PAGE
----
Interviews with other Homeschoolers: One final thing before I go, I am planning a series of interviews with other homeschoolers on Wednesdays. I’ll be asking them how they got started homeschooling and what homeschooling looks like in their households.   I’m going to kick off that series with an interview with the well-known and inspiring homeschooling blogger, Erica — author of Confessions of a Homeschooler next Wednesday, March 21. I’m so excited to be doing this and hope you enjoy this series as well!   I hope that these interviews highlight the unique style and rhythm of each family who enters this amazing world of homeschooling.

Thanks for reading everyone! Happy Homeschooling!  ~Liesl

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13 Responses

  1. Mary P says:

    This is quite interesting to post today. Today is my son’s last day in public school, I’m starting homeschooling on Monday. He has some challenges from being bipolar and his meds – and I FULLY believe public school has it’s place for more independent children. But it wasn’t serving him as his reading/writing fell to 2nd grade levels, he’s in 3rd grade and his math is approaching 4th grade levels. It was a “test” year. They moved through reading comprehension so fast, he missed a brick in the foundation of the house and never got the rest built. Just TWO weeks ago, they told me he’d likely be retained.

    I’m already in college to be an elementary teacher – might as well get the experience! I believe my 4yo will do very well with the public school model, but my oldest – he’s just not cut out for this monotony. He needs STIMULATION – not rewriting and rewriting. Elementary schools here don’t even teach Geography!! A 5th grader had no idea how many states there were or knew what a territory was – UNACCEPTABLE.

    I’m also integrating my 1yo twins development as part of his science.

    I have 4 kids, 8, 4 and 15 months. 3 cats, 1 dog. I am in college myself, have a home to run, doctors to go to, do volunteer work and paint – and in all this, I KNOW I can do better than the school he’s at now!

  2. JT says:

    Ha! Thanks for the glimpse of reality. I love homeschooling my 5 year old and many times I feel like supermom but some days are just so discouraging. Like today. :) Where my house looks much like yours and my child was crying that “It’s just too hard”. It’s nice to know even the more experienced have days like this too. :)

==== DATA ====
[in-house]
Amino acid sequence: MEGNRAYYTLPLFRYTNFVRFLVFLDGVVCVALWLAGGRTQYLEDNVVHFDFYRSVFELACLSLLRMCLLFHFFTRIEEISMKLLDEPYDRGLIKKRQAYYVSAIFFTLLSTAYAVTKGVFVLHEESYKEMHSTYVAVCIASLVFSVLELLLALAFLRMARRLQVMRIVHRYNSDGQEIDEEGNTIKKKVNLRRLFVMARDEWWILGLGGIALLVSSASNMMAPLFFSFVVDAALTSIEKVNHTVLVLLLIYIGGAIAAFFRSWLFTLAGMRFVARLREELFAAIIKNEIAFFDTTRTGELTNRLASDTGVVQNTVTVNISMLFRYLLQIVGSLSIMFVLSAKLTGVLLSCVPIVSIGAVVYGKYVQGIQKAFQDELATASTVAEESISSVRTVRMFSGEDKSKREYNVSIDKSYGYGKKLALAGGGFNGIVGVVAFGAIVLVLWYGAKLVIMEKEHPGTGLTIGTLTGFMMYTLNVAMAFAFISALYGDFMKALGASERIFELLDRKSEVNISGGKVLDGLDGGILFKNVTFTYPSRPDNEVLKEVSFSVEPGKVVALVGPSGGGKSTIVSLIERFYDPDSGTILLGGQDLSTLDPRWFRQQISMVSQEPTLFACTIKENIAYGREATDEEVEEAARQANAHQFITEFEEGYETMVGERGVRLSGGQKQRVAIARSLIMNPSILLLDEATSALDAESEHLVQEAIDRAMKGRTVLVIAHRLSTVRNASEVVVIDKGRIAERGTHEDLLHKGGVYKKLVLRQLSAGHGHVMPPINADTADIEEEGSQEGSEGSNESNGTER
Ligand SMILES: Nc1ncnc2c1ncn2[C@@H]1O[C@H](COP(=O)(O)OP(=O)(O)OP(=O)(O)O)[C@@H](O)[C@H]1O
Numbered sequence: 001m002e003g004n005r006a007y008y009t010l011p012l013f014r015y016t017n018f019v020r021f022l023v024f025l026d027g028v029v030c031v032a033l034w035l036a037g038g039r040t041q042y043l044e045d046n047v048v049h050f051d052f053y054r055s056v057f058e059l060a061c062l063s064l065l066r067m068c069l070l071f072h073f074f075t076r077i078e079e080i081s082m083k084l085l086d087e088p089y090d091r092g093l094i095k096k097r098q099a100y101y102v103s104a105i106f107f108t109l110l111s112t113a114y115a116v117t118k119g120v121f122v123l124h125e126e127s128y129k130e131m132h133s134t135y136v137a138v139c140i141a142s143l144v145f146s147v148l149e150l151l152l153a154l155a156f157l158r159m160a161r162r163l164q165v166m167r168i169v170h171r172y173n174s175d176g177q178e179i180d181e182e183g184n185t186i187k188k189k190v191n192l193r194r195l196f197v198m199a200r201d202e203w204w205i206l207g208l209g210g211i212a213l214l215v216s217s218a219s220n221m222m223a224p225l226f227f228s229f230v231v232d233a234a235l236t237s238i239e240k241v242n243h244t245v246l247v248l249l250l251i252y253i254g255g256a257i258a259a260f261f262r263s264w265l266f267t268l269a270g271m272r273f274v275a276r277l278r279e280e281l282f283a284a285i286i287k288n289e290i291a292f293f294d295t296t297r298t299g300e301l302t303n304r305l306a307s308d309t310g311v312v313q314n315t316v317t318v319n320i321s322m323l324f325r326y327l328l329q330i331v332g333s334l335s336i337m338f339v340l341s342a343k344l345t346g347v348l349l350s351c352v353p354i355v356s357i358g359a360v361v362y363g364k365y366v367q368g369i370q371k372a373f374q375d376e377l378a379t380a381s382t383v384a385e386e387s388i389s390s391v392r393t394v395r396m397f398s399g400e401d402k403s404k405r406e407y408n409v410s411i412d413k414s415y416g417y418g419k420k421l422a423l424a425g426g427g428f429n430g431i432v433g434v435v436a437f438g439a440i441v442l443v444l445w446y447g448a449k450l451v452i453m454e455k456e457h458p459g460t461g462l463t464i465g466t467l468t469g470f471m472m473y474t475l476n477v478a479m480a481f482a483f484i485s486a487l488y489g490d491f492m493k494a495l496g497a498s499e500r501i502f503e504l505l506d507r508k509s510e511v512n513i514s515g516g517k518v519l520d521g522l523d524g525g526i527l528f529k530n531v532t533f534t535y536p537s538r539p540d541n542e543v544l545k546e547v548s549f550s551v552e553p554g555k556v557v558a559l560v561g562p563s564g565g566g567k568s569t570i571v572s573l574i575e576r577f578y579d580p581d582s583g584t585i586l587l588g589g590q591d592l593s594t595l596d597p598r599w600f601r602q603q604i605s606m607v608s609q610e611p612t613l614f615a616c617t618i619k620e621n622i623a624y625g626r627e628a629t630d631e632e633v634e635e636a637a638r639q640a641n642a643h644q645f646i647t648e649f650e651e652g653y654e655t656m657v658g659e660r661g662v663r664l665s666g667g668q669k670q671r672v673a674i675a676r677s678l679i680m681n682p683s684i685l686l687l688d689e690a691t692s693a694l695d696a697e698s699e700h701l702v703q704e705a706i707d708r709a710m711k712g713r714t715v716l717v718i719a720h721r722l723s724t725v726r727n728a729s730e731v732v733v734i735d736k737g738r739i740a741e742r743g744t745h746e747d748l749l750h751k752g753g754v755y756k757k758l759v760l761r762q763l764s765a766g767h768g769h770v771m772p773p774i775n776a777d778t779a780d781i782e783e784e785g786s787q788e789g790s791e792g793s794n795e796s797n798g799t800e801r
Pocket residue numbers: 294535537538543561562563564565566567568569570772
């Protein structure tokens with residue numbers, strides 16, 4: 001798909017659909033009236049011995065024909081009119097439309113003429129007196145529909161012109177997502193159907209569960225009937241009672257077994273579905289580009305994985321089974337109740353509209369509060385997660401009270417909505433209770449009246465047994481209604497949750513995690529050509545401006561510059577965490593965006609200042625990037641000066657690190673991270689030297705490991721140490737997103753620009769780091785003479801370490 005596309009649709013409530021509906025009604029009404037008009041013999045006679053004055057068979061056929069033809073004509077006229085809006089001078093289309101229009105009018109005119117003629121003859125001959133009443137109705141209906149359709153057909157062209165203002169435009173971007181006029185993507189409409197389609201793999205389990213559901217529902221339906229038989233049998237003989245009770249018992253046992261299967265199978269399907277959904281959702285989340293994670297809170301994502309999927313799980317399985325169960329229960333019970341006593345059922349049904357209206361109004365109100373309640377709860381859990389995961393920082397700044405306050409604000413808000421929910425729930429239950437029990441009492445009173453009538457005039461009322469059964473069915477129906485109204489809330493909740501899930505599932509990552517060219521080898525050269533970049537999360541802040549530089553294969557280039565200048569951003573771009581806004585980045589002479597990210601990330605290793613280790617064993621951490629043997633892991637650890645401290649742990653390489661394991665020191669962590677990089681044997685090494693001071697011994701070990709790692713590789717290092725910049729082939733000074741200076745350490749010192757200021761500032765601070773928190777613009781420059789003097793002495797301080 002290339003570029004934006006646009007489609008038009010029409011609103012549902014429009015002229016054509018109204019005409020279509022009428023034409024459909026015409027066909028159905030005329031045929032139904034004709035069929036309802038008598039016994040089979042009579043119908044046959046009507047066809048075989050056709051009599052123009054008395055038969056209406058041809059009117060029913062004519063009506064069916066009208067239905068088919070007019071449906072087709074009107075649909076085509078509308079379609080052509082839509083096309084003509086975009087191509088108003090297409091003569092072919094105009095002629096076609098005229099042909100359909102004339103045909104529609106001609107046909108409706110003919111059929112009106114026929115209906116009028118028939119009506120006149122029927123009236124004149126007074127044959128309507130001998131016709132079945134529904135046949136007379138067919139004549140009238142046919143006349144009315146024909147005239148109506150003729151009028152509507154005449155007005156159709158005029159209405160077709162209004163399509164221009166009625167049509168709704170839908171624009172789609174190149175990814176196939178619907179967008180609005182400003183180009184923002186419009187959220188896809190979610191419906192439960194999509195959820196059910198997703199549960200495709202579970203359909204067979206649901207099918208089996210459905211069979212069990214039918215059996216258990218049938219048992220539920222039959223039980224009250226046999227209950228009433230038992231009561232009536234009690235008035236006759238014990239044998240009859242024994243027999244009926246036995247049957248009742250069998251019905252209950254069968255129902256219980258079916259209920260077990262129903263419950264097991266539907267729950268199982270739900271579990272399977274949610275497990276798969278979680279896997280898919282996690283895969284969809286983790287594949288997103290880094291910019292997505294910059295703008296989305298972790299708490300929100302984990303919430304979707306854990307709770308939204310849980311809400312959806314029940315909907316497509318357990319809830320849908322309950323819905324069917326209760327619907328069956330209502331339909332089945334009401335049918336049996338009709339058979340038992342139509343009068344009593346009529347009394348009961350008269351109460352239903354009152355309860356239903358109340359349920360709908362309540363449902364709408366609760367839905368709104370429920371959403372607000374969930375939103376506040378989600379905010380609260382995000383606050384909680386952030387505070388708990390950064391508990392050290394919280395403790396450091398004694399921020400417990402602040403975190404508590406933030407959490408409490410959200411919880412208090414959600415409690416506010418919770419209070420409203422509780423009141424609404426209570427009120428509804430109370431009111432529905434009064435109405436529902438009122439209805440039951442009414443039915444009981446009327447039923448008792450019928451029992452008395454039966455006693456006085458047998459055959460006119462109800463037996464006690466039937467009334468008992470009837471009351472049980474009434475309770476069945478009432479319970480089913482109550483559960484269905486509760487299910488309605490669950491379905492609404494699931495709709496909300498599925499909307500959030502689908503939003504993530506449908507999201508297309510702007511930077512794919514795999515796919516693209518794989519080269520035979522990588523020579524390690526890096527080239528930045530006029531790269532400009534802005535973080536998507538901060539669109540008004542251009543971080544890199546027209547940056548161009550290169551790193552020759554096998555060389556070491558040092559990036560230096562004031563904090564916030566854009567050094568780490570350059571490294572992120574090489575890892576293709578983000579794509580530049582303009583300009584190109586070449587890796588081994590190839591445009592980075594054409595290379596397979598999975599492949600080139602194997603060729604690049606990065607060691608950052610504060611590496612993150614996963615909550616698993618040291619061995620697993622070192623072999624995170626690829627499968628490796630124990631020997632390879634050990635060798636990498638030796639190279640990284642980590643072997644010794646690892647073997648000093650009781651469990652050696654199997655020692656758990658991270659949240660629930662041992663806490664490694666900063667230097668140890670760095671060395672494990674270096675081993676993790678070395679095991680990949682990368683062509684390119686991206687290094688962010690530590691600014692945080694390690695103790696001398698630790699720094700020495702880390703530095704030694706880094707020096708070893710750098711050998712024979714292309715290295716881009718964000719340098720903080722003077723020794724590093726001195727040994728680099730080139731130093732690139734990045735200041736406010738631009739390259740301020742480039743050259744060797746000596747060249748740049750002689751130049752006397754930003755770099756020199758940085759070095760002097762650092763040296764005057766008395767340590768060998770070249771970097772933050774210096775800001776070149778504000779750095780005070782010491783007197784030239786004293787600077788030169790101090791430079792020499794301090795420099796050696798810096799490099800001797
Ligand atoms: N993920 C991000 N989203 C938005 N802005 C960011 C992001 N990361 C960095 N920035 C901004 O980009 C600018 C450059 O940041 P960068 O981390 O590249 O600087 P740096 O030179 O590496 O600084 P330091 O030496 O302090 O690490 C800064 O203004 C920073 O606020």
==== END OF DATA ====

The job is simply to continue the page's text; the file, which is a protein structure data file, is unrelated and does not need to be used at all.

3. JT says:

    Ha! Thanks for the glimpse of reality. I love homeschooling my 5 year old and many times I feel like supermom but some days are just so discouraging. Like today. :) Where my house looks much like yours and my child was crying that “It’s just too hard”. It’s nice to know even the more experienced have days like this too. :)

  4. Charlene says:

    I love it! Thanks for sharing the real look of homeschooling. I think sometimes as homeschoolers we can get in the mindset that it runs smoothly in everyone else’s house and the chaos is just in our own. It’s always nice to hear that others have their moments too!

  5. Charlene says:

    I love it! Thanks for sharing the real look of homeschooling. I think sometimes as homeschoolers we can get in the mindset that it runs smoothly in everyone else’s house and the chaos is just in our own. It’s always nice to hear that others have their moments too!

  6. Crystal A. says:

    This was a great post for me to read! I love homeschooling my kids, but the reality of it is that when the kids are home more, there’s more of a mess no matter what you do! And you can’t teach and clean at the same time. When you add in the projects and crafts, forget it! lol! Glad to see that someone else is forthcoming about reality! You might like the magnet on my fridge. It says “Excuse the mess, but we live here!”

  7. Crystal A. says:

    This was a great post for me to read! I love homeschooling my kids, but the reality of it is that when the kids are home more, there’s more of a mess no matter what you do! And you can’t teach and clean at the same time. When you add in the projects and crafts, forget it! lol! Glad to see that someone else is forthcoming about reality! You might like the magnet on my fridge. It says “Excuse the mess, but we live here!”